The double tees used for this project are NEXT Beam double tees. The NEXT Beam (New England Extreme Tee) was developed as a more efficient cross section for bridges that are 30-90 feet long. The beam for this bridge features NEXT Beams with curved legs that form an arch in keeping with the historical character of the design. To form the arch, Hamilton Form provided a curved stem filler for use in the NEXT Beam form previously made by Hamilton Form. Additional details included spandrel panels with a stone veneer, concrete railings and precast deck slabs.
Northeast Prestressed Products (NPP) in Cressona, Pennsylvania supplied the prestressed concrete products for the project.
Celebrating 60 Years of Success at the 2014 PCI Convention and National Bridge Conference
Gaylord National Resort and Conference Center -
National Harbor, MD
The 60th Anniversary Convention promises to be one of the best in PCI history. The educational offerings will provide information and knowledge that you can put directly into practice. The extensive technical program, which will include more than 100 peer-reviewed papers, will offer you continuing education credit. The program also has tracks on marketing and sales, productivity, sustainability, executive leadership, R&D, building materials, and transportation. There truly is something of value for everyone in your organization.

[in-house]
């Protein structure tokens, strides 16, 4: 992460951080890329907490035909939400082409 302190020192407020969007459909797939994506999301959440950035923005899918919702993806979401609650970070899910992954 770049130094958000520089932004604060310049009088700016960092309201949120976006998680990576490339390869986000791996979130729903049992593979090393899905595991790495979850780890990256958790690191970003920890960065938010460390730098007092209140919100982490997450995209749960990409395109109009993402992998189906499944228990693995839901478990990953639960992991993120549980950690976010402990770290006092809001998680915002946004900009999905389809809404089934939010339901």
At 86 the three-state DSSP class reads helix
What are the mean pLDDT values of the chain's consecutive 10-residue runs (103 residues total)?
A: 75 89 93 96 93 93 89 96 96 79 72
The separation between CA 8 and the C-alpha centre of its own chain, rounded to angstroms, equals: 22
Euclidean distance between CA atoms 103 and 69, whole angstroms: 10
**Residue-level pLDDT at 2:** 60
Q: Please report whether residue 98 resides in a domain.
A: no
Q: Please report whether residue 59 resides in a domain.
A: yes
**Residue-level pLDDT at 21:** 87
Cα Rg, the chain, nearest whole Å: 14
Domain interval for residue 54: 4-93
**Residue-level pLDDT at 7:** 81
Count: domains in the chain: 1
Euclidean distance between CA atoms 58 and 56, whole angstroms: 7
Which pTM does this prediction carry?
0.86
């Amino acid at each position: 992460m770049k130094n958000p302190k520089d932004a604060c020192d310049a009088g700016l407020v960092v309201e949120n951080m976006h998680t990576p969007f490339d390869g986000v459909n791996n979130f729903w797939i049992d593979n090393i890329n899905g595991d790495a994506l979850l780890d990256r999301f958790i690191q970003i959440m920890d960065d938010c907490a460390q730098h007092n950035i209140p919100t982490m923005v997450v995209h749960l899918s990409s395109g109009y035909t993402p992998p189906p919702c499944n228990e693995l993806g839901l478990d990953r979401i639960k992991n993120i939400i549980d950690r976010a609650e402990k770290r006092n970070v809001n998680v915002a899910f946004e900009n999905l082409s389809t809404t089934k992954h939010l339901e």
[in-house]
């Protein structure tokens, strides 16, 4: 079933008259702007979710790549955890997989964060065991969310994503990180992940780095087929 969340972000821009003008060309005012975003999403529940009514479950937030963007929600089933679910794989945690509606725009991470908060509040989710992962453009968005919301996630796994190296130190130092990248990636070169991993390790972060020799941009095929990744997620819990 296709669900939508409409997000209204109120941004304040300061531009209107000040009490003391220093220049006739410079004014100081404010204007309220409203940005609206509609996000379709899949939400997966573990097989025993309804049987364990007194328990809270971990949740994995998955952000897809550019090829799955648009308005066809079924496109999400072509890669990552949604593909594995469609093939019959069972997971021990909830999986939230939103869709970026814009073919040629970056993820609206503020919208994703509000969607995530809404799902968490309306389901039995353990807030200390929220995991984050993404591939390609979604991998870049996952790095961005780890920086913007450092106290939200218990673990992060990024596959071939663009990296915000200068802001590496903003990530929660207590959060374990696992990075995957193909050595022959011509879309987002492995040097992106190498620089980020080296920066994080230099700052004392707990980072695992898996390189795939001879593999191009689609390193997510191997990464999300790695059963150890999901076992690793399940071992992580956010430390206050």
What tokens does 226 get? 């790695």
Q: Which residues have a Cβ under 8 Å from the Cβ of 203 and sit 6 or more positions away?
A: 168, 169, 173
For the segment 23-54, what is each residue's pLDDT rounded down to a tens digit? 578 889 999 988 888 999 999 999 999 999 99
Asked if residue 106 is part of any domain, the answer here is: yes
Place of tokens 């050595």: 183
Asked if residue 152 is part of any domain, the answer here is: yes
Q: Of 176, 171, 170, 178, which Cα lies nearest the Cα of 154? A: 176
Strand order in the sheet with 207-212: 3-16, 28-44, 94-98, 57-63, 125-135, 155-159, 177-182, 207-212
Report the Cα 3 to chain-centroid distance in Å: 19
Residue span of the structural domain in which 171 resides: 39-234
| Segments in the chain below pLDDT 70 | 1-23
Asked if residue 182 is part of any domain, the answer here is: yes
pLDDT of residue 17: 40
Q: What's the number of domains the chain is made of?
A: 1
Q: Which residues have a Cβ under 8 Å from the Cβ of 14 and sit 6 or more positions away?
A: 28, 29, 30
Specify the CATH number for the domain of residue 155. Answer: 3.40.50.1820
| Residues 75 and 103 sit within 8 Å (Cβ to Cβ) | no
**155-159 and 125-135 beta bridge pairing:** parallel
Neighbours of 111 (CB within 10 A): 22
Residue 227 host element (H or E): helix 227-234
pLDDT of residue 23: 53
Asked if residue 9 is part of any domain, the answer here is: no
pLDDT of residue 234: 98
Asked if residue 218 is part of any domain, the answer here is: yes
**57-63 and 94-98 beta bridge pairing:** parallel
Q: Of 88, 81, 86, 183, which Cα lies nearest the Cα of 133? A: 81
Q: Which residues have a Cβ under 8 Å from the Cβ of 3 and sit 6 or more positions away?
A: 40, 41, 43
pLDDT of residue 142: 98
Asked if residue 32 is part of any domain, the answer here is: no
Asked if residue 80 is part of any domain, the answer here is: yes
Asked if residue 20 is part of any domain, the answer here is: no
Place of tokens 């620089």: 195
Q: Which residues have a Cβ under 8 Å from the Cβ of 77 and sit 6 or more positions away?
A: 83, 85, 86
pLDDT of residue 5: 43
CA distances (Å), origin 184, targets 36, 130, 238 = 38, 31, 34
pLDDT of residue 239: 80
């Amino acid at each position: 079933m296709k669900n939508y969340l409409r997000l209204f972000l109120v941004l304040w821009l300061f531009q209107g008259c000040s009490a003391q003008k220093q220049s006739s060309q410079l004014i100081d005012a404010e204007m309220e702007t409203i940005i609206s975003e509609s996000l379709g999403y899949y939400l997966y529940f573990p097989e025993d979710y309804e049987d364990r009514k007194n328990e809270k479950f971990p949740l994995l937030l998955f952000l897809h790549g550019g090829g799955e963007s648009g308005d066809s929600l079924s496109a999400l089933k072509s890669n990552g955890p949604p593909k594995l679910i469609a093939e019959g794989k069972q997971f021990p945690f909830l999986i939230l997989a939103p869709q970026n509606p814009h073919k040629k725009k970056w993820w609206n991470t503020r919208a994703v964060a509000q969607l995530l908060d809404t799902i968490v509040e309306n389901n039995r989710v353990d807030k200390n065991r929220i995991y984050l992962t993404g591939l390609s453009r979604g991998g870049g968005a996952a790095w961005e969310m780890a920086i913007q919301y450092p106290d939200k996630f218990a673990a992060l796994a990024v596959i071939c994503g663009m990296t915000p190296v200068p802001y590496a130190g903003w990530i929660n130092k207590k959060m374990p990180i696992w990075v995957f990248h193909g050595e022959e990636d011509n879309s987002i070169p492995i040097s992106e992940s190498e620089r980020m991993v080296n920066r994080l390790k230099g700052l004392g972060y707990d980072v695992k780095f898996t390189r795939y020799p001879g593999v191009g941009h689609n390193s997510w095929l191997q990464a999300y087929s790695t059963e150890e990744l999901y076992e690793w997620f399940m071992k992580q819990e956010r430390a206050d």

Join us for Architects' Day: High Performance Precast and Innovation (ARCH2)
This 1/2 day seminar for 4HSW Learning Units of free continuing education on the latest aesthetic innovations and exceptional applications of high performance precast concrete.
Note: Hotel Reservation Cutoff Date is August 13.